Manifestos and Mission Statements
I know that #tbt is for Thursdays, but I’ll never post on Thursday (unless I am really late in posting), thus I’ll never get to #tbt on the Glog. But I am going to anyway. So today, I’ll do a bit of a #sias (See It Again Sunday.) (That isn’t really a thing… yet!) (And of course there is the minor issue that I am wrapping this up on Monday… so it is like #sias(aom) (See It Again Sunday (Actually On Monday)).) (I think that is the correct number of closing parenthesis.)
A few weeks ago, just before Fall Family Weekend, Gould had College Awareness Day. Each class spent time looking forward and thinking about the future. 12th graders prepared the college applications, worked on essays, and practiced interviews. 11th graders got the opportunity to take the PSAT. 10th graders spent some time starting to prepare resumes and thinking about their strengths and weaknesses. Finally, 9th graders started the day on a design challenge in groups, and then, after debriefing how the group worked together, wrote 6(ish) word manifestos about their plans for their next four years at Gould.
We started the manifesto process looking at the Holstee Manifesto (a video of the manifesto is linked). After we spent looking at this each group, they composed their own manifestos. We shared with the group and then I took their words and did a quick typography video. (Sorry about the sound quality, I did a quick recording on my computer.) Here is what the ninth graders look forward to in the next four years:
Over the summer, I had the opportunity to attend a leadership workshop of members of ISANNE (Independent School Association of Northern New England). Part of the week long seminar involved writing a person mission statement. I’ll share some of what I wrote now and save some for a later post (when I don’t have anything else to talk about…)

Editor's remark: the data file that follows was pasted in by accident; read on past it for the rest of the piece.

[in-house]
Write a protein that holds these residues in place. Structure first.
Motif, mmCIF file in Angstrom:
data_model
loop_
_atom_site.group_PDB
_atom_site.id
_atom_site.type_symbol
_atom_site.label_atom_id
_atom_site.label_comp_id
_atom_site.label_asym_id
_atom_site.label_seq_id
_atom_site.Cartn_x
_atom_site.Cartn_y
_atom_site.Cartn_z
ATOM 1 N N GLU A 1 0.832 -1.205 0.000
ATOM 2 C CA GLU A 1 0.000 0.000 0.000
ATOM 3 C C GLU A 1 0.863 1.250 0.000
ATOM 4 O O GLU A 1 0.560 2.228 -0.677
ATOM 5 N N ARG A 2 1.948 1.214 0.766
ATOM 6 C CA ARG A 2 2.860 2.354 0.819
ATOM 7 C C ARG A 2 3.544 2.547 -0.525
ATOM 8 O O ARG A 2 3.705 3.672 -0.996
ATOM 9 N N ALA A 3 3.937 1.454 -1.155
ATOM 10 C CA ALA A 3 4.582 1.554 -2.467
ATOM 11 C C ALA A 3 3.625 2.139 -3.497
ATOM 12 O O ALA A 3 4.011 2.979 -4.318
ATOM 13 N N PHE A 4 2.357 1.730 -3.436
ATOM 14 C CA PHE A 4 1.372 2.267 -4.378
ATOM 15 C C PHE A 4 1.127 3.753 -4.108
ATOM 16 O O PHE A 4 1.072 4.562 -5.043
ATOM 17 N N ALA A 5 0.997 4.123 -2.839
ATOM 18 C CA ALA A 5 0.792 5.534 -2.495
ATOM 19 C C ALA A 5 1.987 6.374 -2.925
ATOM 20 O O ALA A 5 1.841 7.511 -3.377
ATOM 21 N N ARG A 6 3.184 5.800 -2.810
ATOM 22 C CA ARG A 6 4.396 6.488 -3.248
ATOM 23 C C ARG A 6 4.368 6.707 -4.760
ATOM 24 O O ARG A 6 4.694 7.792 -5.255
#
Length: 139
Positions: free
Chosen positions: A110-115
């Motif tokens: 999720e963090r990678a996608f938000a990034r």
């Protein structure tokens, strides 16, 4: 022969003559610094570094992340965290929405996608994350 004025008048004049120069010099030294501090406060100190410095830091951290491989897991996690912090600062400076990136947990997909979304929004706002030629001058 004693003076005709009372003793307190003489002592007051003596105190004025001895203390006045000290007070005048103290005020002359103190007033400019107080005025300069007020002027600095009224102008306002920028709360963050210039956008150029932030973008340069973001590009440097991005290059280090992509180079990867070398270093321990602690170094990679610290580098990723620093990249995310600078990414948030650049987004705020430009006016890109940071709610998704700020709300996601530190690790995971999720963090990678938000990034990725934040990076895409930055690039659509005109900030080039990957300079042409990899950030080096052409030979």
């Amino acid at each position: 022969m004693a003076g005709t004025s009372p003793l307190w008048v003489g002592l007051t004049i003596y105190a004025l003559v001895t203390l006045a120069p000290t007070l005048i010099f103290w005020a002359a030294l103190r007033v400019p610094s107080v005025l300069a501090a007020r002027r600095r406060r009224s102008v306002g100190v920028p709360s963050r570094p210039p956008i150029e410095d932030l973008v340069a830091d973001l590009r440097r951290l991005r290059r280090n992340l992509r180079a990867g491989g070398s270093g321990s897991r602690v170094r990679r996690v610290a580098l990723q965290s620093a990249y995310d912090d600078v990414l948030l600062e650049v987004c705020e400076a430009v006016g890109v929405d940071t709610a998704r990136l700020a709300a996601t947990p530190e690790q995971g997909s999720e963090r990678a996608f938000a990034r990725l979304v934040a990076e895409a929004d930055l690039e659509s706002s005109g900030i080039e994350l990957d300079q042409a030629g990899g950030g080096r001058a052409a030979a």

I find the moment that I am in and look to be there rather than in my past or in my future.
I take the time to find out the information that I want, be it to make a decision or to check in with a person.
I see the best in people and believe that they are doing what they see as the best thing possible.
I believe that I am doing the best thing possible in my actions.
I never quite achieve my aspirations as listed above. BUT, I aim to get up each time I miss, glean what I can from my failure, let go of it, and try again.
These are four of the eleven aspirations that I listed in my personal mission statement. Live, Ask, Trust, Fail. I believe these four aspirations also are all core principles of education. I want my students to live and be in the moment. To ask and engage in the information discovery process. To trust and believe in others and their own actions. To fail, to accept that, learn from it, and to try again and move on. If I can teach my students to do one of these things I believe I am successful. (Although, to my students who are coming up on exam week: You also need to know the material for your exams… although these four verbs are important for life, the material from class is important for the two hours of your test.)
This week, in honor of the 9th grade manifestos and their first set of high school exams, I am going to talk about some 9th graders:
This is study hall in Ordway Monday night. The ninth graders are hard at work. Exams are tough. Study, ninth graders, study.
This is Maddie. She is a day student. Here is is on Sunday afternoon studying for her exam. She is rereading Tsotsi for English. Annotate, Maddie, annotate.
This is Keisuke. Keisuke is from Japan. Keisuke likes to mountain bike. He like geometry. On Sunday at study hall, he took the opportunity to ask on of his teachers some questions. Ask, Keisuke, ask.
This is Sophie. Sophie likes to ski and can’t wait for snow. But Sophie also studies hard. On Wednesday, Sophie is giving her first tour. She is going to be a great ambassador for Gould. Smile, Sophie, smile.